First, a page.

Colleges are discovering a great opportunity in educating entrepreneurs and incubating companies. Radhika P Nair and Peerzada Abrar find out more.
WHEN it comes to educating future entrepreneurs, “catch them young” seems to be the reigning philosophy. While many of the top management and technology institutes in the country, like the IIMs and IITs, have set up incubation centres and introduced electives that cover aspects of entrepreneurship, tier-II and tier-III colleges are the ones who have turned to entrepreneurship education in a big way.
In fact, there is a move to inculcate entrepreneurship even in school children. The National Entrepreneurship Network (NeN), a non-profit organisation that helps develop entrepreneurship education system at academic institutions all over the country, conducts an annual Entrepreneurship Week, or Eweek, across colleges in the country. This year, they brought it to schools as well and got school students to try the “50 exercise”.
Originated at Stanford, this game involves teams of students coming up with an idea, forming a company on paper and investing a maximum of 50 (not real currency) in the company. At the end of the half-day exercise, they see what they have earned and learned.
Ahmedabad’s Satyameva Jayate International School (SJIS) teaches entrepreneurship to even six year-olds. Hina Shah, the founder and director of SJIS, said they use specially designed modules to teach the children.
However, can entrepreneurship actually be taught in a classroom? And, have these entrepreneurship courses produced entrepreneurs?
FOCUS ON PRACTICAL TRAINING
Bangalore-based MS Ramaiah Institute of Technology (MSRIT) is one of the many institutes that have started focusing on entrepreneurship as a viable option for its students. “We give importance to practical aspects of enterprise as courses tend to focus only on theory,” said K Rajanikanth, principal, MSRIT.
The institute has an entrepreneurship development cell, which provides training to interested students on a voluntary basis. The institute also has an incubation centre, which provides the entire infrastructure for the incubatee for two years. Rajanikanth said they are also planning to set up a seed fund soon.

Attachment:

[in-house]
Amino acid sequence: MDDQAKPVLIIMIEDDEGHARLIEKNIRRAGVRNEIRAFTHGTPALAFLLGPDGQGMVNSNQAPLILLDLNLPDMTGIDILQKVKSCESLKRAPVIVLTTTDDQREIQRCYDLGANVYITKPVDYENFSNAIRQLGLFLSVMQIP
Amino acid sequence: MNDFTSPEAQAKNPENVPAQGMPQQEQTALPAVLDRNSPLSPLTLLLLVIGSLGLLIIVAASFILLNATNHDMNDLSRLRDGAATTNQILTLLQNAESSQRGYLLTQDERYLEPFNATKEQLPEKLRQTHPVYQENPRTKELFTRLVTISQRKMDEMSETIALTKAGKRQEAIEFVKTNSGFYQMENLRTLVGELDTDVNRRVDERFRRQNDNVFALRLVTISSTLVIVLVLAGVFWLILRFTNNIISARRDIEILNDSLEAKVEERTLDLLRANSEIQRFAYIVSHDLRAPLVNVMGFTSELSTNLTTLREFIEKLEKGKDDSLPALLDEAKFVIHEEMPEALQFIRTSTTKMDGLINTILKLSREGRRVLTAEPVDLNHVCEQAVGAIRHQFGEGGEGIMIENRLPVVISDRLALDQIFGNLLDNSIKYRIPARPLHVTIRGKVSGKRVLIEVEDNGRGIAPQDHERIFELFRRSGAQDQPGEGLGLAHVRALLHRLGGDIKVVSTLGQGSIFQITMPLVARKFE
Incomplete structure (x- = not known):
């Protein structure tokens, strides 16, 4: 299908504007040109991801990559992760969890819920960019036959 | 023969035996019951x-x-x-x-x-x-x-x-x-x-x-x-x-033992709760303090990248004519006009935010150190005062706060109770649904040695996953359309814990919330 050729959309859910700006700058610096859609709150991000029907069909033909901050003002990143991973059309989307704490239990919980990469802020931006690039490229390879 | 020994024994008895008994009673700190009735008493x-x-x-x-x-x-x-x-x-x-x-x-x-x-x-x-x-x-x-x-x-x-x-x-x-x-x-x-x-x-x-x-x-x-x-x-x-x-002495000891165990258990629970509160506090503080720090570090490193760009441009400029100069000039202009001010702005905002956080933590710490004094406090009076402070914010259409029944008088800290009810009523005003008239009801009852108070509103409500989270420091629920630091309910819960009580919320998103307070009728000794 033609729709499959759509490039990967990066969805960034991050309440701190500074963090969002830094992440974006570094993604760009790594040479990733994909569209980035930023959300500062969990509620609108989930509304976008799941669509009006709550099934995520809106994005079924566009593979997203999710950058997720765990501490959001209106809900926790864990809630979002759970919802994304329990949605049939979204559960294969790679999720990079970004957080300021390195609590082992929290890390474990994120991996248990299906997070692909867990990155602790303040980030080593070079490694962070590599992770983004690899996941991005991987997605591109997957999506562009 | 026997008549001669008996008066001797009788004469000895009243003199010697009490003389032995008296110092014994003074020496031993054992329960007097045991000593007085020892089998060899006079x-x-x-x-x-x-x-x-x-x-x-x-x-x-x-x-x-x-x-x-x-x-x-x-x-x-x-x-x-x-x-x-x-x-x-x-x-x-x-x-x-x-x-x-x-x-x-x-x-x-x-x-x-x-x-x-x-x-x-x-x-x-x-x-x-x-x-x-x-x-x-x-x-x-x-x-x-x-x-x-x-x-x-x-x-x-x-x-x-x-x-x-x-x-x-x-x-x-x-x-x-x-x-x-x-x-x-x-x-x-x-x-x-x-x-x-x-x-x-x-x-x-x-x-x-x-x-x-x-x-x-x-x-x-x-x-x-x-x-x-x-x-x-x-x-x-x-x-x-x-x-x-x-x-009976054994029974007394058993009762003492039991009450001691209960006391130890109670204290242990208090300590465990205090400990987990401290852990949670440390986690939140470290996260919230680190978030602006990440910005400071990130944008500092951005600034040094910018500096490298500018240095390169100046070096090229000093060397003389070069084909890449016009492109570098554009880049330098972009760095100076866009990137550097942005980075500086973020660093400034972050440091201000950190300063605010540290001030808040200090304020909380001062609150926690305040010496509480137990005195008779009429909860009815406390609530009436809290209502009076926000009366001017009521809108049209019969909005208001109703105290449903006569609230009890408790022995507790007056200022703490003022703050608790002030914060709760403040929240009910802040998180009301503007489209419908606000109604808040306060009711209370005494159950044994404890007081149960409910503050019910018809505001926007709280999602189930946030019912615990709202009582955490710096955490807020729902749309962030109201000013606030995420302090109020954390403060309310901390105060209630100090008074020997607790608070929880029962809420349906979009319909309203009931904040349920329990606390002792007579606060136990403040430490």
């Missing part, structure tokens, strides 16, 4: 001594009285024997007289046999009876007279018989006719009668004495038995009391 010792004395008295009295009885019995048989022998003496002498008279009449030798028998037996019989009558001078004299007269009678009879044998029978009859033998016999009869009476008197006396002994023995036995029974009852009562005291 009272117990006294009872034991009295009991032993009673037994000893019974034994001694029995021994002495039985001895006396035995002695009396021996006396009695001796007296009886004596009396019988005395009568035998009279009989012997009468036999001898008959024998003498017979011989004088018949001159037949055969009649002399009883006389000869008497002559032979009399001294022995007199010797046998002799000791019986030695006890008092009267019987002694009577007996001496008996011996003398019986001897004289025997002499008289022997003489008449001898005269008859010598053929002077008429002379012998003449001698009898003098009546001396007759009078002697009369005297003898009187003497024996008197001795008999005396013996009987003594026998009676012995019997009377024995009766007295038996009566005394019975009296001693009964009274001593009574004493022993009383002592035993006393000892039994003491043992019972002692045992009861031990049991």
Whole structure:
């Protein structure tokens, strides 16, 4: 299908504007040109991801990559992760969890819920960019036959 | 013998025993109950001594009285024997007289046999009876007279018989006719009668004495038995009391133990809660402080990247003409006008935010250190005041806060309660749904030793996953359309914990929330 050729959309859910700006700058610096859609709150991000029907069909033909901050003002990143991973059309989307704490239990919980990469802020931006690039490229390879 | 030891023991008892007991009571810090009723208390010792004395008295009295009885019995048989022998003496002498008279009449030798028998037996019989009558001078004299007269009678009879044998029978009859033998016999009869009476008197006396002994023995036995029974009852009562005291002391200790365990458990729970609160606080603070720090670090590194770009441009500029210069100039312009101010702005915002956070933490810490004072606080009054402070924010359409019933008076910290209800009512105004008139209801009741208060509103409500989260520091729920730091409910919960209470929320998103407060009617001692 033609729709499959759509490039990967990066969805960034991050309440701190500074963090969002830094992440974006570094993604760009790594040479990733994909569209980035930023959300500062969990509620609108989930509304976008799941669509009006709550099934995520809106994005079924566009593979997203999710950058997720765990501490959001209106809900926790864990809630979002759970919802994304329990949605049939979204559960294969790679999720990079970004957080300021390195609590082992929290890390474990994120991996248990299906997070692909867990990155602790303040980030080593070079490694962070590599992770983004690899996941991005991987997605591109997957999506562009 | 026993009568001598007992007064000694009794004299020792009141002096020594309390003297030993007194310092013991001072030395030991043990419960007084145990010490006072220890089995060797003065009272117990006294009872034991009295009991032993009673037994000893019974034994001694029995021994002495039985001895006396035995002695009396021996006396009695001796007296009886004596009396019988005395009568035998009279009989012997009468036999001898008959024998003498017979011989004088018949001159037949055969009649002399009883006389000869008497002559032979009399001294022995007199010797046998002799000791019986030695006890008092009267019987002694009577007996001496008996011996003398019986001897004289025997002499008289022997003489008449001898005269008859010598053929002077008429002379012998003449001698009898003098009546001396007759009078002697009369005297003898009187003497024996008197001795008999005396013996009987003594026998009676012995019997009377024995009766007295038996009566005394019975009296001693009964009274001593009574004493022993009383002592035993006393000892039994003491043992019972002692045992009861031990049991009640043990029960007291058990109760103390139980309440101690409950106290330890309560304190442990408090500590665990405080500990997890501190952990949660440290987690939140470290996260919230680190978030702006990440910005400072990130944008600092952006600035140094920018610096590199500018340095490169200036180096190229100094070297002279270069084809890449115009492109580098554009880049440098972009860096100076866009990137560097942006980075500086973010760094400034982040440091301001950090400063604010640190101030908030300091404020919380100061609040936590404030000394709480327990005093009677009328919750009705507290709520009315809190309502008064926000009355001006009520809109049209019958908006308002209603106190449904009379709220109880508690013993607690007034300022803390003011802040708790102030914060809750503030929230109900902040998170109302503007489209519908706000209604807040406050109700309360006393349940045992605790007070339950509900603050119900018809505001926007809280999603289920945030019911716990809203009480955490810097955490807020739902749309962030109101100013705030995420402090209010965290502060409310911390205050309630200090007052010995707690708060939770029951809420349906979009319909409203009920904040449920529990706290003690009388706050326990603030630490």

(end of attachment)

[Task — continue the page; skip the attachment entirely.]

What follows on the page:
One of the successful start-ups to come out of the MSRIT incubator is Gumbi Software, an education solutions provider, set up by Harsha Mahabala, a 2006 Computer Science student of MSRIT. Mahabala always wanted to be an entrepreneur, but he was planning to study business administration before setting up his own venture. “Without the support and mentoring I received at my college, it would have taken much longer to start up on my own,” said Mahabala. Today, Gumbi Software is a 13.5-crore company.
While Mahabala always knew he would become an entrepreneur, for Jia Jain it was chance and not choice that made him start a chain of fine-dining vegetarian restaurants, called 1947, in Bangalore. After passing out of Jain University’s MATS Institute of Management and Entrepreneurship in 2005, Jain set up his first outlet in 2006. He said there was a constant focus on entrepreneurship at the Institute. This led him to think of entrepreneurship as a viable alternative to a corporate job.
He now has five restaurants and is eyeing a turnover of 8 crore this financial year. The Institute’s Centre for Entrepreneurship provides office space and infrastructure, mentoring and also administers a seed fund. The Centre has incubated 23 companies so far.
The entrepreneurial culture in non-metro locations is also pushing various institutes to build the eco-system. Coimbatore-based PSG College of Technology has set up an entrepreneurial park in association with the Department of Science & Technology and financial institutions to promote technology-based enterprise.
It has successfully graduated around 89 companies in the last 11 years out of which 60 are still in business. “The institute was a launch pad for me to not only develop the technology but take it to the market as well,” said G Rammohan, who did his masters in material science and business administration from PSG.